To meet these challenges, SAC emphasizes more realistic training at all levels of command. Maj. Gen. Andrew Pringle Jr., SAC’s Chief of Staff, describes the new training philosophy: “Some believe more and better equipment is all that is needed to have an effective fighting force. Often overlooked is the key element of a fighting force—the individual who operates the equipment. The individual must be able to extract the full capability of the machine in order to beat the enemy in his machine. This is why we train hard, why we train often, and why we train the way we will fight.”
Parallel with the evolution of the new training philosophy, SAC has given top priority to significant technological improvements in the B-52. The offensive avionics system, for example, will increase the accuracy and reliability of the bombing/navigation system. Integration of the cruise missile will enhance B-52G survivability and flexibility. But the ultimate effectiveness of these improvements will depend heavily on the ability of the crews to operate the system in combat.
On the other hand, emphasis on readiness has been timely because the modernization effort will not be completed until the mid-1980s. And rapid Soviet modernization of defensive weaponry against the B-52’s antiquated technology simply does not justify the luxury of conservative training techniques. A review of today’s training innovations and future initiatives should comfort the skeptics about the effectiveness of the “old BUFF.”
Exercising Contingency Missions
The B-52 was originally designed as a high-altitude delivery platform for nuclear weapons, but it has been proven in several nonnuclear applications, particularly in delivering massive conventional firepower during the Vietnam War. After the war, SAC sought to rebuild its nuclear capability and refocused B-52 training almost entirely on the traditional nuclear role. In the past several years, however, it has again taken advantage of the B-52’s versatility by including both nuclear and nonnuclear roles in its wartime mission.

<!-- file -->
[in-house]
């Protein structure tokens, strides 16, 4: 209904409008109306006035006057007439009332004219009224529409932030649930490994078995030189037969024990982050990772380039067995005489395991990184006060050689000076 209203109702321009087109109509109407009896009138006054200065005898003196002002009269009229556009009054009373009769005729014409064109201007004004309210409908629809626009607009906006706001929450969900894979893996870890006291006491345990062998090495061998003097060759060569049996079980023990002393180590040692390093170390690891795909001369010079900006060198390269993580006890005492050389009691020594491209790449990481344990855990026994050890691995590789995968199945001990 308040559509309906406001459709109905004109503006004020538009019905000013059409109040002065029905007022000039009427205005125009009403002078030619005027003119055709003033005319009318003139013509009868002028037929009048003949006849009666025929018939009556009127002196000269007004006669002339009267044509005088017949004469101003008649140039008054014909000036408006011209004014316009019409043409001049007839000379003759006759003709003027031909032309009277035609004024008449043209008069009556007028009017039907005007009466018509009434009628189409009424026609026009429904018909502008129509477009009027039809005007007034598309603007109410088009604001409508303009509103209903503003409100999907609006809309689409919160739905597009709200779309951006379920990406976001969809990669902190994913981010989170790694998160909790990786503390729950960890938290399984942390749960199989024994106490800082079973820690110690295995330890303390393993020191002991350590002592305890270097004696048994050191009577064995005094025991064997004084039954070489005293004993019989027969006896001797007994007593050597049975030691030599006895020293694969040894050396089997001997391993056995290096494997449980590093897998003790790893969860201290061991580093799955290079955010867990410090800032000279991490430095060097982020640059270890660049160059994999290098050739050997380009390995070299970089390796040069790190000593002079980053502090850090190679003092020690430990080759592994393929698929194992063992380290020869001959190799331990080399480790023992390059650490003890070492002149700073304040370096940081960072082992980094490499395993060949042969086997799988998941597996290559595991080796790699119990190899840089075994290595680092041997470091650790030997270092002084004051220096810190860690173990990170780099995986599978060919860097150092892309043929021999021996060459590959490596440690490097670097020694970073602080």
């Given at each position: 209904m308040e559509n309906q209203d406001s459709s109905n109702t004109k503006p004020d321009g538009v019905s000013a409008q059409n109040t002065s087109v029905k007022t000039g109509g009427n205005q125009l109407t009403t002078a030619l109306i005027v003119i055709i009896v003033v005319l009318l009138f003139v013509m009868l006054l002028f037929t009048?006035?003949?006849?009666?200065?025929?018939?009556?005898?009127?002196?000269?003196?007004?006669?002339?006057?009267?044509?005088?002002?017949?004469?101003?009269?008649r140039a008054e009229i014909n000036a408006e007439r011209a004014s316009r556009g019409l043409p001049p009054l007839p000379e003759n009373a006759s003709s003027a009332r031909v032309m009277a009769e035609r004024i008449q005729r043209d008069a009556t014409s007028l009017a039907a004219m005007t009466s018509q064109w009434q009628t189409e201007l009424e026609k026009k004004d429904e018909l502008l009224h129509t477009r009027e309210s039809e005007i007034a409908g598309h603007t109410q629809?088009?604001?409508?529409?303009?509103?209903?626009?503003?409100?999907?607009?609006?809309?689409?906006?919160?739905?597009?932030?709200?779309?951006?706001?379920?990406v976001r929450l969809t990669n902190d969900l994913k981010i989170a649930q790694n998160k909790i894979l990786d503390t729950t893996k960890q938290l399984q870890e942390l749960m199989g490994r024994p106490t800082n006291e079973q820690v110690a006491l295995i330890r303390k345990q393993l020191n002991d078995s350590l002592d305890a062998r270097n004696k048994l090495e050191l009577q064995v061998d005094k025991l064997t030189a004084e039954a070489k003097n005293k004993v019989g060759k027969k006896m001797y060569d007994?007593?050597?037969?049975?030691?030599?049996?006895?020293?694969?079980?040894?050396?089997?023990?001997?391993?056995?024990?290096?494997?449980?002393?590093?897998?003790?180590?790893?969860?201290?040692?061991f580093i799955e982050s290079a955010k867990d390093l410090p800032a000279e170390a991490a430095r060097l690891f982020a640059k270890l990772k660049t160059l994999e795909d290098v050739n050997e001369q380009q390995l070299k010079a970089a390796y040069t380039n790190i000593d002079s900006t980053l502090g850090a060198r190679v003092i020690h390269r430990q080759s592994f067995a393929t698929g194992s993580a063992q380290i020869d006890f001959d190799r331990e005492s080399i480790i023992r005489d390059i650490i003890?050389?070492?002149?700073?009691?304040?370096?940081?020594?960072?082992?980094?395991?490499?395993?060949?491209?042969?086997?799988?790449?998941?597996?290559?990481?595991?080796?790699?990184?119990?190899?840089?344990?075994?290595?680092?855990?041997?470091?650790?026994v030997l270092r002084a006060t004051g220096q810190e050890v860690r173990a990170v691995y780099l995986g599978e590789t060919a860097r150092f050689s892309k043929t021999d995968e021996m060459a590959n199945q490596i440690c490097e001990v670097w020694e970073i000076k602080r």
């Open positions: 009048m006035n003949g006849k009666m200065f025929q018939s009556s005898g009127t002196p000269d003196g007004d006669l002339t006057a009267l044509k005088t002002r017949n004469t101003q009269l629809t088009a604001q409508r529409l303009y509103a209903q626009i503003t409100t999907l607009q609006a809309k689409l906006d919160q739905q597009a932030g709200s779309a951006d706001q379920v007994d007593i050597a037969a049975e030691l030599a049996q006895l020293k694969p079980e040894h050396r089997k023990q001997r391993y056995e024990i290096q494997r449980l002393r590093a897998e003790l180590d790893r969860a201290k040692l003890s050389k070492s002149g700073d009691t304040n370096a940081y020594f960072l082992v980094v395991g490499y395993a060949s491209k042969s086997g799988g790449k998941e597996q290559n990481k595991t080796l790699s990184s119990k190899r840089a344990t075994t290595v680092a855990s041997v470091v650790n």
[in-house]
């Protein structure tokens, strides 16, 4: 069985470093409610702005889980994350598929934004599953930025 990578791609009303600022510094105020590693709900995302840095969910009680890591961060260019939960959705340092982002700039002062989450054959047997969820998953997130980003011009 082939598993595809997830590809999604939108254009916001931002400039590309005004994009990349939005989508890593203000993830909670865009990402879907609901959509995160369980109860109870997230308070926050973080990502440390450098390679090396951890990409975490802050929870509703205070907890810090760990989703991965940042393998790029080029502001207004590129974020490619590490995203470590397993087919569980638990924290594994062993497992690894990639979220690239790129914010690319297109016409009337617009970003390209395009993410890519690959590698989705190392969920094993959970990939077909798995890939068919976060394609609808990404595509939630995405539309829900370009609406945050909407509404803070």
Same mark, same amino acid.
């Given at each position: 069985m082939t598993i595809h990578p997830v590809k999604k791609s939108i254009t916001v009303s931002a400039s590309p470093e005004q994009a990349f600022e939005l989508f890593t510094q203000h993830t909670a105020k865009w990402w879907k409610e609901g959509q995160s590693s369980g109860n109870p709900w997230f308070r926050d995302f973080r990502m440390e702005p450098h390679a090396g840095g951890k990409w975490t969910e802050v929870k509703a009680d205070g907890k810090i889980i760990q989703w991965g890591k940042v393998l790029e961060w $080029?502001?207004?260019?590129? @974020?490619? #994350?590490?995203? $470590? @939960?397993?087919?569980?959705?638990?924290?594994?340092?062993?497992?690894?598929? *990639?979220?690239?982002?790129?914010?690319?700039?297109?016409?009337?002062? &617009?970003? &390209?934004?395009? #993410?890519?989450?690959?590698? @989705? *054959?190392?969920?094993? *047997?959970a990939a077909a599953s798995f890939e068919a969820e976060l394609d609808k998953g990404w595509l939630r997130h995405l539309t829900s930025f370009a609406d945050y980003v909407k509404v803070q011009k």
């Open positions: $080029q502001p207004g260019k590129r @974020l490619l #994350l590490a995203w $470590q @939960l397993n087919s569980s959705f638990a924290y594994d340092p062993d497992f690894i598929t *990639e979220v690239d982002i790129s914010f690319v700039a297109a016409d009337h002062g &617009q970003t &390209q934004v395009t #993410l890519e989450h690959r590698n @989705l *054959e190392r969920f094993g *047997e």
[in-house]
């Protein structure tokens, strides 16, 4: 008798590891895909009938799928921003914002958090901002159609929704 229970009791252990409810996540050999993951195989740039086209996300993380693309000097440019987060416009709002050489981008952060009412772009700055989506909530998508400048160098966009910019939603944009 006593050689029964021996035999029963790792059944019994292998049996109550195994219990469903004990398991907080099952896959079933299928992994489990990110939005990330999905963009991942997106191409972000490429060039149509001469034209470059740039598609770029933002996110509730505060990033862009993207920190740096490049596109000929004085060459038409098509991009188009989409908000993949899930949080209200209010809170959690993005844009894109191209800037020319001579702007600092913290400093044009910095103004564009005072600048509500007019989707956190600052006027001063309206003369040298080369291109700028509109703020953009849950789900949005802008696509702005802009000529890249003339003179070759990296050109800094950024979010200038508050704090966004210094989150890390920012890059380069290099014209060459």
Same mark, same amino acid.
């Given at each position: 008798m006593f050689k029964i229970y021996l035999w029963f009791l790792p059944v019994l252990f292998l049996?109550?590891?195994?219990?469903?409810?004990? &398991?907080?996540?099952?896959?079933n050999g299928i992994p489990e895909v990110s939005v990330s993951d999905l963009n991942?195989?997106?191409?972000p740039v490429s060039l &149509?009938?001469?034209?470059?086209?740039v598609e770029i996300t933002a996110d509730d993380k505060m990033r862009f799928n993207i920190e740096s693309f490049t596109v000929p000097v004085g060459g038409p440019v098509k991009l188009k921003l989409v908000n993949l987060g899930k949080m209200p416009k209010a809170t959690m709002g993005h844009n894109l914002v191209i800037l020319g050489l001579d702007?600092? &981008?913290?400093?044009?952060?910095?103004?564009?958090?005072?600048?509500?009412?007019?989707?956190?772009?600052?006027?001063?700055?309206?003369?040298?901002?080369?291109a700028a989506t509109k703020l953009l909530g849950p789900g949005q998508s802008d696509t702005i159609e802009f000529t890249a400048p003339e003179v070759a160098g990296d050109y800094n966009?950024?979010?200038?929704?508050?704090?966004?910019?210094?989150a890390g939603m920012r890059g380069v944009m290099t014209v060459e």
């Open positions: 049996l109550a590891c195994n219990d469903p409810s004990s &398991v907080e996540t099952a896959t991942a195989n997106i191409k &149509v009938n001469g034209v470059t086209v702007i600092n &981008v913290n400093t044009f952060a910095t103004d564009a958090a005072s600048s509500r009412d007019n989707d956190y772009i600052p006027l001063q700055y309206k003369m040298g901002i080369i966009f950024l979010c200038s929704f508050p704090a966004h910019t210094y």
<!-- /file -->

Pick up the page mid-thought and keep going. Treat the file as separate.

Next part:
B-52Ds are used most frequently for nonnuclear operations. Of the three active B-52 models (D, G, and H), the B-52D is best suited for conventional bombing because it has external racks and a reconfigured bomb bay capable of carrying larger conventional payloads than the newer G and H models. The B-52G is tasked primarily with the nuclear mission. The newest of the B-52s (“new” being a relative term here) is the B-52H, which performs both nuclear and nonnuclear roles. The B-52H will eventually assume the command’s nonnuclear commitment as the B052Ds are phased out of service in coming years.
To use the B-52 effectively in its nonnuclear role, SAC started training programs similar to those used by Tactical Air Forces to test capability in actual theaters of potential conflict. One such program is Busy Brewer, which normally involves three to fight B-52s deploying to the UK to support NATO exercises throughout Allied Command Europe. These two- to five-week deployments, which are conducted several times per year, provide units’ staffs and aircrews the opportunity to plan, brief, and execute B-52 conventional exercise missions from forward operating bases in the UK. In addition, B-52s regularly participate in Pacific theater exercises. For example, in Team spirit, in support of Combined Forces Command, Korea, several B-52D crews from CONUS joined crews from the 43rd Strategic Wing on Guam. Flight profiles used allowed the practice of nonnuclear tactics that would help sustain contingency operations in the Pacific area. Recent creation of the Strategic Projection Force (see January ’81 issue, p. 26) expanded SAC’s role in any worldwide contingency—to support the Rapid Deployment Joint Task Force by employing airpower over great distances on short notice. Two B-52H wings of the 57th Air Division at Minot and Grand Forks AFBs, N.D., are assigned this mission in addition to their primary nuclear mission. SAC selected the B-52H for this role because of its long range and updated penetration capabilities.
The Strategic Projection Force capability was displayed for the whole world during November’s Exercise Bright Star in Egypt, when six B-52Hs of the SPF flew nonstop from North Dakota to the Western Desert of Egypt. After entering Egyptian airspace, the crews practiced low-level tactics and ECM against Egyptian fighters. Upon reaching the target, the B-52s dropped their conventional bomb loads and returned nonstop to home base, thus successfully completing a thirty-two-hour mission with five aerial refuelings. The 55th Strategic Reconnaissance Wing also played a key role in Bright Star, by providing an EC-135 to the RDJTF commander for command control and communications support.